Growth and struggle against the Tatars
In the 1360s, the rival principality of Nizhny Novgorod was defeated. Ivan's successor , Simeon the Proud , was already calling himself Grand Duke of All Rus. In the second half of the 14th century Moscow's relations with the Golden Horde cooled, which was due to Moscow's policy of collecting Russian soil . Moscow became the center of the Russian resistance struggle against the Mongol-Tatar rule. The Moscow army fended off Tatar attacks on Ryazan and Nizhny Novgorod, and in 1380 a combined Russian army led by the Moscow Grand Duke Dmitry Donskoy was able to decisively defeat the Tatars in the Battle of Snipe Field. While this victory did not end Tatar rule, it was of great symbolic importance and further enhanced Moscow's standing in Russia.
In 1392 the Nizhny Novgorod and Kostroma regions were annexed to Moscow and Moscow's influence on the Novgorod Republic also began to grow. In 1460 the Grand Duchy of Moscow had already reached an area of 430,000 km².
The Grand Duchy of Moscow experienced a decisive increase in power in the 15th century. After the conquest of Constantinople by the Ottoman Empire and the end of the Byzantine Empire , Ivan the Great declared Moscow the only remaining stronghold of orthodox (true) Christianity and the Third Rome . In 1472, to reaffirm his inheritance claim to the Byzantine Empire, he married Sofia Palaiologa , niece of the last Byzantine Emperor Constantine XI. Palaiologos . Byzantine insignia such as the double- headed eagle were also adopted as the Russian coat of arms.
The reign of Ivan the Great (1462–1505) lasted 43 years and was the longest reign in all of Russian history to date. He quadrupled the territory of the Grand Duchy, including by subjugating the Novgorod Republic and annexing Pskov . The princes of the conquered territories were mostly allowed to exercise a certain power as titular princes with the rank of boyars . However, the Novgorod patriciate was eliminated by resettlement. Under Ivan III. Today's Moscow Kremlin was built in place of an older wooden structure. Through successful military campaigns he made the eastern rival Volga Bulgaria ( Kazan Khanate ) his vassal.
The Rus regions under the rule of the Grand Duchy of Lithuania began to look more and more to Moscow after the rights of the orthodox population were increasingly restricted by the Polish-Lithuanian Union . Moscow, which saw itself as the successor to Kievan Rus and the protector of Orthodoxy, took in numerous defectors and their lands. By defeating the Grand Duchy of Lithuania at the Battle of Vedrosha , a third of its territory was officially annexed to Moscow.
The most important result of Ivan's rule, however, was the standing on the Ugra in 1480, which finally threw off the suzerainty of the Golden Horde, which subsequently split into several khanates. Internally, Ivan enforced primogeniture against the traditional principle of seniority , as several of his predecessors had tried. As a result, Ivan significantly increased the stability of the succession and Moscow territory. In compensation, Ivan granted his disinherited brothers appanages .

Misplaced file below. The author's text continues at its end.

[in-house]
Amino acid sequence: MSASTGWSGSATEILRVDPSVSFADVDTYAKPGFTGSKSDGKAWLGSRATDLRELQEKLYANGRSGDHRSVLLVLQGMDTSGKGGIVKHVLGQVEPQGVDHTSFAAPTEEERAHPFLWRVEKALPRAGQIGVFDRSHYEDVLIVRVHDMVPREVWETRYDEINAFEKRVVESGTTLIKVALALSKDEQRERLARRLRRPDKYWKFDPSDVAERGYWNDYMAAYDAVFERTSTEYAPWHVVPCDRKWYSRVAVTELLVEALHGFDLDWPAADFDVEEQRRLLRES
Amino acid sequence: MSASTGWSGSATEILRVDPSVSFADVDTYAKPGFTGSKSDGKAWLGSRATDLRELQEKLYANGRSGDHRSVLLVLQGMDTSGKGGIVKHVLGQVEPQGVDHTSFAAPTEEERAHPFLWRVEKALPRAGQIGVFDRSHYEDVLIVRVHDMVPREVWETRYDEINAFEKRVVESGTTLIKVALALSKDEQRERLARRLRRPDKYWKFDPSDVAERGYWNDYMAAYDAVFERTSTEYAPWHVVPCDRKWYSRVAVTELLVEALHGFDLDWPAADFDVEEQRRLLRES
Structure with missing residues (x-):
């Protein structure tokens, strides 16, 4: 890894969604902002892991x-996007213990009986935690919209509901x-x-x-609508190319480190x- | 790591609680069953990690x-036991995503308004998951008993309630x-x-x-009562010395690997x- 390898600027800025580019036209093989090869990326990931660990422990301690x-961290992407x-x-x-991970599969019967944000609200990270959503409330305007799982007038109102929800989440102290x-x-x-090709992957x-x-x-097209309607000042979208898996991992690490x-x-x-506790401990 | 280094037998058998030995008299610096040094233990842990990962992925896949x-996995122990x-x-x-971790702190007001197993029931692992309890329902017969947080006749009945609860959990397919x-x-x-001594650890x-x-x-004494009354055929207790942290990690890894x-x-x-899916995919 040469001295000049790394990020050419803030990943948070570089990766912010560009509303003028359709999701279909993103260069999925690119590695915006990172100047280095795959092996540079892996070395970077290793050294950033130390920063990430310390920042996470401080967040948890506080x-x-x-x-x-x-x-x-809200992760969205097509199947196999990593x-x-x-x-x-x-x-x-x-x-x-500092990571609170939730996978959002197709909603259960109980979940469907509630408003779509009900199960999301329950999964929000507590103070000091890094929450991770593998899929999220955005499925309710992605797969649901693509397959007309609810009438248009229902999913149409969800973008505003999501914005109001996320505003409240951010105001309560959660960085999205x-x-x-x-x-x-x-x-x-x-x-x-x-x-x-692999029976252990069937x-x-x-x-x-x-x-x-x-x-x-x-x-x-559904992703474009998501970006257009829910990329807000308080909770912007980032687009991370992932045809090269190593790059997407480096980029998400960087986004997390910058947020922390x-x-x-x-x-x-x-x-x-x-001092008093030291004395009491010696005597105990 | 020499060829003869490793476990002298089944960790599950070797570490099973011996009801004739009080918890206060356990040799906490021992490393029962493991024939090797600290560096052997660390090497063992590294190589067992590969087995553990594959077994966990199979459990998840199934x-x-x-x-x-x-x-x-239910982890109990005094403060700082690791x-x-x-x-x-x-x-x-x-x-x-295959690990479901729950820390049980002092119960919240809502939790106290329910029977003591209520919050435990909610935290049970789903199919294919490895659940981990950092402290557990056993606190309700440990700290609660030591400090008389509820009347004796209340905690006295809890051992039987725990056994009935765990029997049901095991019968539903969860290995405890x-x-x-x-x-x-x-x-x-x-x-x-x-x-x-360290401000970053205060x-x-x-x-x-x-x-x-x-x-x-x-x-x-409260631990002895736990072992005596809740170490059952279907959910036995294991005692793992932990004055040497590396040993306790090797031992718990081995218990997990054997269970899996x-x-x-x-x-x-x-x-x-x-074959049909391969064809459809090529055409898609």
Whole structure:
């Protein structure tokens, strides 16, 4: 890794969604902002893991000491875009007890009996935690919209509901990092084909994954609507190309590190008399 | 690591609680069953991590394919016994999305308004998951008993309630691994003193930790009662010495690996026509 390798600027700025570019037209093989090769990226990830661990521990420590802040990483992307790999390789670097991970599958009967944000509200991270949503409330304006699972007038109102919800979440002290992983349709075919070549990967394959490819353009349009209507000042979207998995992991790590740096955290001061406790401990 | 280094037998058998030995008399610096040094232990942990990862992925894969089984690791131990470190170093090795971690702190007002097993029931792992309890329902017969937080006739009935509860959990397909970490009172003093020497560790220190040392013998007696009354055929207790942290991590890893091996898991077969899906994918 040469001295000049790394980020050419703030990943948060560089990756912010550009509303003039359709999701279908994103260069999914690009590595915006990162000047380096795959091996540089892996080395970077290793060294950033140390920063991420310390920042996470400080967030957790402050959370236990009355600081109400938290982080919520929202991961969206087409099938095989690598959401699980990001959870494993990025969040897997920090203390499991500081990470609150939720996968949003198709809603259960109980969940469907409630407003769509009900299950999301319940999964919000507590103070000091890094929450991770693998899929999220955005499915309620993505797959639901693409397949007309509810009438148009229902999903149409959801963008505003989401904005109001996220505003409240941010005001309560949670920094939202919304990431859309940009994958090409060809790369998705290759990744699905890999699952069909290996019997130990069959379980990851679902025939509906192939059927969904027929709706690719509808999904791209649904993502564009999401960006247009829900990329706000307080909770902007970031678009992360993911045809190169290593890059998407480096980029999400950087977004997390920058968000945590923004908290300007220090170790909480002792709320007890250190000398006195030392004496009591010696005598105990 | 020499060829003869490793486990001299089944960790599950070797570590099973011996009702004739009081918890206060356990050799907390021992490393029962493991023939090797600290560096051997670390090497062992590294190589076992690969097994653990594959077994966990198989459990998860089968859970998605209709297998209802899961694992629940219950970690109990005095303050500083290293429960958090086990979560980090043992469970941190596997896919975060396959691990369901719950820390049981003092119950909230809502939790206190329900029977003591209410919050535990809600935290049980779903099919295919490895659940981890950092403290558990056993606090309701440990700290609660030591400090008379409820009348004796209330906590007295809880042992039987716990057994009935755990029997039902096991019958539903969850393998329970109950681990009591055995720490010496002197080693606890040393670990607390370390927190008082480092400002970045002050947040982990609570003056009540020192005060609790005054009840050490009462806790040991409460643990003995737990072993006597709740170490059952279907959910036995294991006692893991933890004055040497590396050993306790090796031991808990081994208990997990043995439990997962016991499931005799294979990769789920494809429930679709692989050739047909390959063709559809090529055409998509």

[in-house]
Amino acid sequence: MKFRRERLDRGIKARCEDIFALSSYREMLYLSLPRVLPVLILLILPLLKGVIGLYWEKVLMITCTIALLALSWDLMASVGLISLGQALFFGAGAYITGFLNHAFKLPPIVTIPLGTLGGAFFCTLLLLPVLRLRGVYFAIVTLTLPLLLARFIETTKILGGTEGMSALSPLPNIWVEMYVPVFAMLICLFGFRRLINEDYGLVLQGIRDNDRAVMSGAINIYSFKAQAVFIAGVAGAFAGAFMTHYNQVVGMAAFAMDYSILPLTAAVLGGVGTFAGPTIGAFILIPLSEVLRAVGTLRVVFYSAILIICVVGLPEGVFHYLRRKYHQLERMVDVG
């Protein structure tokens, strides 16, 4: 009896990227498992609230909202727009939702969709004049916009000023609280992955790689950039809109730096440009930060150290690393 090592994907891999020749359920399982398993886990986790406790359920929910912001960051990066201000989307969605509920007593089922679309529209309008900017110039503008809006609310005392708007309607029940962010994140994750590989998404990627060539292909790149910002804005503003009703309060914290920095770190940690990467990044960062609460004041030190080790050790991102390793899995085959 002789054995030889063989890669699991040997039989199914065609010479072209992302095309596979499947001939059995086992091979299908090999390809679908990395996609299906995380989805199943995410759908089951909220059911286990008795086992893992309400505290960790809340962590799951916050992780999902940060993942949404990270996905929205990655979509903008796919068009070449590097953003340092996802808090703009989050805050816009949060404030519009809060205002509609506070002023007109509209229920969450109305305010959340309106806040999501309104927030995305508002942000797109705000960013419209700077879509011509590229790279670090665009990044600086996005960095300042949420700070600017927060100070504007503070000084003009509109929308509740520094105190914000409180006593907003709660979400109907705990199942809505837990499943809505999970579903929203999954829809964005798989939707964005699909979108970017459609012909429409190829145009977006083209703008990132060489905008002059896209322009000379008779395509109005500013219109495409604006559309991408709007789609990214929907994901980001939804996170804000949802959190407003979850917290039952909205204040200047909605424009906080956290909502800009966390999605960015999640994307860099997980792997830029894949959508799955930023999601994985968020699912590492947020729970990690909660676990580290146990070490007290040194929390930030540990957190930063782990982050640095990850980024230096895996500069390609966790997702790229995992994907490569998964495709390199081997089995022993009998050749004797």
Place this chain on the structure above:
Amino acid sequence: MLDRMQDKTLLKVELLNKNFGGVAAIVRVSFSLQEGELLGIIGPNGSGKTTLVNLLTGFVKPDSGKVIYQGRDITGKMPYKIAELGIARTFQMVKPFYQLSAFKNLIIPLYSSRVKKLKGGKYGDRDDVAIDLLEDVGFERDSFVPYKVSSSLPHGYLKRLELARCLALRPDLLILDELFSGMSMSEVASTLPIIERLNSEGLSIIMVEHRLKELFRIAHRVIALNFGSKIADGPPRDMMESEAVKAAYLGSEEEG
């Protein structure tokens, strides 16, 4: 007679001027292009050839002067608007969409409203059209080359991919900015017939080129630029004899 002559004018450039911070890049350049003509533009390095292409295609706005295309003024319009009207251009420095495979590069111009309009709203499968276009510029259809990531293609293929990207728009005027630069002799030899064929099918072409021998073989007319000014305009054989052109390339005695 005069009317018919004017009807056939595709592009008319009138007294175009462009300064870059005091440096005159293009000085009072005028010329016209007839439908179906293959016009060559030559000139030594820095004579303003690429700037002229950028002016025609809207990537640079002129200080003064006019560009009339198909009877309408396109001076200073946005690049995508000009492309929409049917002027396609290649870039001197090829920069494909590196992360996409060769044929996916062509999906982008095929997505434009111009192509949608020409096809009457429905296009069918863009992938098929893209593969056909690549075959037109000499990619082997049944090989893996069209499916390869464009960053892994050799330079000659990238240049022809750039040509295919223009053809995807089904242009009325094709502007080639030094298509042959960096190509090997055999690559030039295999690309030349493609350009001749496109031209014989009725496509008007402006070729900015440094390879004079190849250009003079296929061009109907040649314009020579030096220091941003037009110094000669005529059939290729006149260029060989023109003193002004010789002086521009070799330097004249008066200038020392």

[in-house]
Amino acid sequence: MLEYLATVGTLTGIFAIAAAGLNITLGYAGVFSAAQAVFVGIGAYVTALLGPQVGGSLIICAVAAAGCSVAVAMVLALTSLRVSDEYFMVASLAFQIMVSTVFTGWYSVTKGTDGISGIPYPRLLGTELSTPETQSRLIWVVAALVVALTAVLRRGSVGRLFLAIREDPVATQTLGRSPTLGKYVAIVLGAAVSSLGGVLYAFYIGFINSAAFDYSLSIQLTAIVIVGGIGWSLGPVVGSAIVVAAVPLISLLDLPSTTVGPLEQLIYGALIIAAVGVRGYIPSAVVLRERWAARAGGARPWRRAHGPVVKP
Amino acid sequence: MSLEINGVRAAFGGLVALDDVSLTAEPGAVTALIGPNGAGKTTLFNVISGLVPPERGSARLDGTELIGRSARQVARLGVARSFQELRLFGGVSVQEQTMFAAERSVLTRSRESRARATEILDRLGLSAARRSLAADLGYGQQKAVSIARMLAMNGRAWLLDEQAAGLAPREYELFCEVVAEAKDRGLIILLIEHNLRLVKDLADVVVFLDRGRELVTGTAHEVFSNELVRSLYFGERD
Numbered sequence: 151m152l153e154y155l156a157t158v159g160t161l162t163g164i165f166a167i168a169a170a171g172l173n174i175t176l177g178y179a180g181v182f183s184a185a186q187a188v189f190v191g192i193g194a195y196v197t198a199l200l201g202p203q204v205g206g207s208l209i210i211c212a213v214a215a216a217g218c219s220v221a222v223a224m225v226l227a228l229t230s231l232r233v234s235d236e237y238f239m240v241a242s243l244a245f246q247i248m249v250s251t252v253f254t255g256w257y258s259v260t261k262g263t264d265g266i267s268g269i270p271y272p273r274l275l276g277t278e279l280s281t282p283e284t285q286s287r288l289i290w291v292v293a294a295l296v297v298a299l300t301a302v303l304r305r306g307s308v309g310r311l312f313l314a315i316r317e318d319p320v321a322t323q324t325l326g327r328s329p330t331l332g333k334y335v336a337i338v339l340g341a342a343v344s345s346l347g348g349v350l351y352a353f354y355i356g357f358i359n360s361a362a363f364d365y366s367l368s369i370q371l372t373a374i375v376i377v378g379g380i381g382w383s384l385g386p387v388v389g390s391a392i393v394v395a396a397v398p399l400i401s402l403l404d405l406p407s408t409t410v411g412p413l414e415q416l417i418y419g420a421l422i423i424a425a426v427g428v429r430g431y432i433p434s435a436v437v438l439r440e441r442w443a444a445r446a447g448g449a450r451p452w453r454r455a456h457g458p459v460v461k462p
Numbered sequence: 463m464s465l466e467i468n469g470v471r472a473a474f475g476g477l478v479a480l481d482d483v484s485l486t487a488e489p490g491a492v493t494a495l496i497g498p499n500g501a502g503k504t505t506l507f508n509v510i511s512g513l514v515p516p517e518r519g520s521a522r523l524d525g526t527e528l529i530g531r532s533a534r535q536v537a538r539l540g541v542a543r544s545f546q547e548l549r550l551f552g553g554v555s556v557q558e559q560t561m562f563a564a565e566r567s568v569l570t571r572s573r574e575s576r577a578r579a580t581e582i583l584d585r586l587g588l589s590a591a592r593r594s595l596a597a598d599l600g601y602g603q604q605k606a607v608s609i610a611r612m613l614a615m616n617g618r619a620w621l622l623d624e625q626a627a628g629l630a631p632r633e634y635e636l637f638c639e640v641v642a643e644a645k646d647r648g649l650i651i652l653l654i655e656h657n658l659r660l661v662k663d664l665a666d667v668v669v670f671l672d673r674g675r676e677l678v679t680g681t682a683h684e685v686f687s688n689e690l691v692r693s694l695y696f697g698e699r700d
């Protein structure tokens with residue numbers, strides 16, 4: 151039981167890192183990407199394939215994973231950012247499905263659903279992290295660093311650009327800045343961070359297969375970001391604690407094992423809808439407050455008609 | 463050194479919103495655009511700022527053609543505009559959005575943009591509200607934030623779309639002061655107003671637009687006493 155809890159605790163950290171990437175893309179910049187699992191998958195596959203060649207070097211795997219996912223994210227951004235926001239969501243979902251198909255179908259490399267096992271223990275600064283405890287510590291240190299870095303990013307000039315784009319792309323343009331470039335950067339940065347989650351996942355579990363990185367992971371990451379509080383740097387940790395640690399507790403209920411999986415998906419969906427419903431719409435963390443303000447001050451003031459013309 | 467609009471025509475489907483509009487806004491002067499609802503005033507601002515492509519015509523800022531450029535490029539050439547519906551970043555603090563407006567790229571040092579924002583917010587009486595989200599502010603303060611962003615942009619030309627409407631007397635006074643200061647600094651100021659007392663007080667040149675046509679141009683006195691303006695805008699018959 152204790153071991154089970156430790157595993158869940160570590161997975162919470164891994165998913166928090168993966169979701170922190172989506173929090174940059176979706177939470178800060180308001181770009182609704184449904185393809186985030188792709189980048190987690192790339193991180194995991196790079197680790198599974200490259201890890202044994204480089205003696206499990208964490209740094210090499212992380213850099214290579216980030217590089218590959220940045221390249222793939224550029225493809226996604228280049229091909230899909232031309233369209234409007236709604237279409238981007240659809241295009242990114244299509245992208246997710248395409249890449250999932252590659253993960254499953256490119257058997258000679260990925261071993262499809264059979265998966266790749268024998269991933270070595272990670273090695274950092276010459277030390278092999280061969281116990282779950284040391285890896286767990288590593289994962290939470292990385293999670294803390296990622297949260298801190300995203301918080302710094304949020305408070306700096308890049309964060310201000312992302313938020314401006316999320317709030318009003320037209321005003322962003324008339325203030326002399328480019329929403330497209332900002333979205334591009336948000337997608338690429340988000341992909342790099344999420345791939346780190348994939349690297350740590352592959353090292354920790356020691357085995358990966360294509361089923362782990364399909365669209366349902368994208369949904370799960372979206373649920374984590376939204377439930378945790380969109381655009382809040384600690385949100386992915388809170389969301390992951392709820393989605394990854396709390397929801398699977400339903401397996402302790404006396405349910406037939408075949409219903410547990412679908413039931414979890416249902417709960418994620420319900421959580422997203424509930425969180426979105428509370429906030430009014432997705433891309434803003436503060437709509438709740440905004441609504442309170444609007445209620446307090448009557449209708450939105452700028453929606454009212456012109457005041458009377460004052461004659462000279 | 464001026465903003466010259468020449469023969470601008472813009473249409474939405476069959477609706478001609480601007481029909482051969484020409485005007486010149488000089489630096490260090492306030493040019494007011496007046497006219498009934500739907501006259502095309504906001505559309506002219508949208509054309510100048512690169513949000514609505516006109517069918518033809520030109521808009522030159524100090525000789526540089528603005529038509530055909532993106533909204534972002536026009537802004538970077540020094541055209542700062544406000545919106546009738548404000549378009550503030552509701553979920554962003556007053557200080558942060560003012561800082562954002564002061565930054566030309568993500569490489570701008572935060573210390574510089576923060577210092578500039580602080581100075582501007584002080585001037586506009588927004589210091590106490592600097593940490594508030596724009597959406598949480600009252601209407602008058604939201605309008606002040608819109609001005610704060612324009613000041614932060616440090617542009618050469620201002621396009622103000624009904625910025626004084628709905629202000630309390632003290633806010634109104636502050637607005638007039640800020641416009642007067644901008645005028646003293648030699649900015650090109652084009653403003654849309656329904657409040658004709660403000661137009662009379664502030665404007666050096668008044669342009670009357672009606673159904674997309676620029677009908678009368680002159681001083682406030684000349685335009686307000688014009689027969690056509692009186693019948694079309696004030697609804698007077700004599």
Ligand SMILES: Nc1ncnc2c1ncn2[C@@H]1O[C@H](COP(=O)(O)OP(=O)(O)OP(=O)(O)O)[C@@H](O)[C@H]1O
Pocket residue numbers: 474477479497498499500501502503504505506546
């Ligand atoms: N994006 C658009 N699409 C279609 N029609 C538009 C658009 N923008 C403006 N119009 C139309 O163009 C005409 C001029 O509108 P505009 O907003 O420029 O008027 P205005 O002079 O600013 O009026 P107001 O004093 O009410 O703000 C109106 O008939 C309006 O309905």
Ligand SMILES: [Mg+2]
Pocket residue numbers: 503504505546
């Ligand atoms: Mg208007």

Vasily III. and Ivan IV.
Under Vasily III. In 1514 the important Lithuanian-held town of Smolensk was conquered. In 1510 the republic of Pskov was annexed , in 1521 the southern principality of Ryazan . At the same time, however, the Crimean Tatars , who were not interested in the increasing inferiority of Lithuania , began to invade from the south . The Crimean Tatars preferred to keep the wars of the two rivals Moscow and Lithuania alive in order to be courted by both sides with rich gifts and to be able to undertake plundering campaigns. During this time, the Moscow-Kazan wars also took a turn that was disadvantageous for Moscow.
However, under Ivan the Terrible , the Tatar Khanates of Kazan and Astrakhan were finally conquered, gaining access to the Caspian Sea and making Russia a multinational country for the first time. Ivan proclaimed himself Tsar of Russia in 1547, borrowing from the Latin caesar ( emperor ). Officially, the Moscow Grand Duchy was renamed Tsardom of Russia (Russian Царство Русское ) from this point on. In Western chronicles, however, the Russian state was mostly still called Muscovia until the reign of Peter the Great - from then on the Russian Empire .
Prince of Moscow
Prince of Moscow was the title of the medieval Russian ruler before he was made Grand Duke by the Tatar Great Khan. The Grand Duke of Moscow should not be confused with the modern title Prince of Moscow or Prince of the Moskva , which the first French Emperor Napoleon bestowed on his Marshal Michel Ney on the occasion of the Battle of Borodino . The French refer to this battle as the Battle of Moscow or the Battle of the Moskva (Bataille de la Moskowa) because it enabled the capture of Moscow. For his merits in this battle, Ney was created this title, which was not associated with any rights or privileges in Moscow or Russia. However, Ney's son and grandson continued to hold this title during the Second French Empire.
- Anna Choroškevic: The Moscow Principality under Ivan Kalita (1325-1341) and Dmitrij Donskoj (1359-1389). In: Marc Löwener (ed.): The "flowering" of the states of Eastern Europe in the 14th century (= German Historical Institute Warsaw. Sources and studies. Volume 14). Harrassowitz, Wiesbaden 2004, ISBN 3-447-04797-6 , pp. 77–107.
- Choroškevic: The Moscow Principality. 2004, p. 81.
- Choroškevic: The Moscow Principality. 2004, p. 82.
- Choroškevic: The Moscow Principality. 2004, p. 84.
- Choroškevic: The Moscow Principality. 2004, p. 86.